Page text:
MIT Researchers Produce Hydrogen from Scrap Aluminum and Water

Hydrogen could be a great source of energy that could help reduce pollution in the environment. But the production — or extraction — of helium itself often results in solution. But a team at MIT has found a new place to get hydrogen in an environmentally safe way: scrap aluminum. Here’s more from MIT News:

Using the aluminum-water reaction to generate hydrogen doesn’t produce any greenhouse gas emissions, and it promises to solve the transportation problem for any location with available water. Simply move the aluminum and then react it with water on-site. “Fundamentally, the aluminum becomes a mechanism for storing hydrogen — and a very effective one,” says Douglas P. Hart, professor of mechanical engineering at MIT. “Using aluminum as our source, we can ‘store’ hydrogen at a density that’s 10 times greater than if we just store it as a compressed gas.”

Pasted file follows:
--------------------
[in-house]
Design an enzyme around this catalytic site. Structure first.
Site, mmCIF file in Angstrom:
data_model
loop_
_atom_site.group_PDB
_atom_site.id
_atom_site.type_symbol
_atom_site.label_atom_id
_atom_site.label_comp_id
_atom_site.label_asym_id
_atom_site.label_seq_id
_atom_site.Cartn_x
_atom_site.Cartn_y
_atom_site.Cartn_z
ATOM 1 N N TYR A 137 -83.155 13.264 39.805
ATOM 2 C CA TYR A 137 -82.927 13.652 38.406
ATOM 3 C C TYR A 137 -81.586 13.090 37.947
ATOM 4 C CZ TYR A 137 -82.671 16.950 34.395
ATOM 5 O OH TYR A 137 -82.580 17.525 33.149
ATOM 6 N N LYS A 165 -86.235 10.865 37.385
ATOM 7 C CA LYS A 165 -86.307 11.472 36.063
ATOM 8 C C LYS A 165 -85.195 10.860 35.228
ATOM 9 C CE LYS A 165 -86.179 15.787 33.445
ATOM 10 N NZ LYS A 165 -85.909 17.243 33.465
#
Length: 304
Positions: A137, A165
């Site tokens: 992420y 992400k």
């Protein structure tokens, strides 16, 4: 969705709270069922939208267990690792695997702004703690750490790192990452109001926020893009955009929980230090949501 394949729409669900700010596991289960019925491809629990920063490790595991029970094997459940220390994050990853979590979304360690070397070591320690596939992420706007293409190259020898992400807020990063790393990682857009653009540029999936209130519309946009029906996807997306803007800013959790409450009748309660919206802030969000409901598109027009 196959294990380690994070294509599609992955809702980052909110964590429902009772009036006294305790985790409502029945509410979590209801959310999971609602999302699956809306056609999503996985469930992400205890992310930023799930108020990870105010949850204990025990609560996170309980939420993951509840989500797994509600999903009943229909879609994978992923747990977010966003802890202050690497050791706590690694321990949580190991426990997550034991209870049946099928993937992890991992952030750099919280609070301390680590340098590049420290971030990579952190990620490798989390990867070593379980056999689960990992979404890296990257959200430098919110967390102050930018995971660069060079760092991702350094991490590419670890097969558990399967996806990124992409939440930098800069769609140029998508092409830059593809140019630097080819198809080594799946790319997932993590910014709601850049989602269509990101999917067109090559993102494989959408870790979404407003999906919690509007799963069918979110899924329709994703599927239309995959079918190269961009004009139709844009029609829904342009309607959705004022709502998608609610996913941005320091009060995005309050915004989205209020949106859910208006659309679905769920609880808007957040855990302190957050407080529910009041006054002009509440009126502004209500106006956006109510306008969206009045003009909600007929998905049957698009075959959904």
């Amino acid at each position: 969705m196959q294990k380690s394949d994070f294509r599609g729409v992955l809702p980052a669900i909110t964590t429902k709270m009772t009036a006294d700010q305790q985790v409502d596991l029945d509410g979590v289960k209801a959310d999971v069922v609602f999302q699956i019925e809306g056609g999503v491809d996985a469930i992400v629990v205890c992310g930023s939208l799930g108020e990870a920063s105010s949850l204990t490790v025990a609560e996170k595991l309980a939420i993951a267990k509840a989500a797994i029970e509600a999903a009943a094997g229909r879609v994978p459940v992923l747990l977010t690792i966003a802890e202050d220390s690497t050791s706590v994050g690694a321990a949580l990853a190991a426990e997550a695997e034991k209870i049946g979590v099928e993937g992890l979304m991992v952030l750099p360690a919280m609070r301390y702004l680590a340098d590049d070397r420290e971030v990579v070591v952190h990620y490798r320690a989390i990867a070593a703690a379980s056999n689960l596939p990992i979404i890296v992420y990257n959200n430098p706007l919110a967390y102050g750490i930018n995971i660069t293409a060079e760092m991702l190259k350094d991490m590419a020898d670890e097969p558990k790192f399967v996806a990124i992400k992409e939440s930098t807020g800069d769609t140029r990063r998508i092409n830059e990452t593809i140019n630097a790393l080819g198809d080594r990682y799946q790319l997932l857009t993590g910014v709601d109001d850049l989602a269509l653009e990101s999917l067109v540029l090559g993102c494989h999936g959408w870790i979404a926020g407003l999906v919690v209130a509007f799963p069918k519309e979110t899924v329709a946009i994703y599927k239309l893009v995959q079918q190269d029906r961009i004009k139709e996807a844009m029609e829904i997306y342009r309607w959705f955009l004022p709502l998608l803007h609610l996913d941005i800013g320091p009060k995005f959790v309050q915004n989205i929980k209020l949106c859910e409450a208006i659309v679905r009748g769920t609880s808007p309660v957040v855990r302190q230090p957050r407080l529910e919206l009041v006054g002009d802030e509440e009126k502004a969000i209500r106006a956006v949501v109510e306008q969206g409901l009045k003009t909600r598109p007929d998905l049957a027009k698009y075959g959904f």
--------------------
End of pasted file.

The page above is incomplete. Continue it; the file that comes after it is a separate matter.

“If we’re going to use scrap aluminum for hydrogen generation in a practical application, we need to be able to better predict what hydrogen generation characteristics we’re going to observe from the aluminum-water reaction,” says Laureen Meroueh PhD ’20, who earned her doctorate in mechanical engineering.

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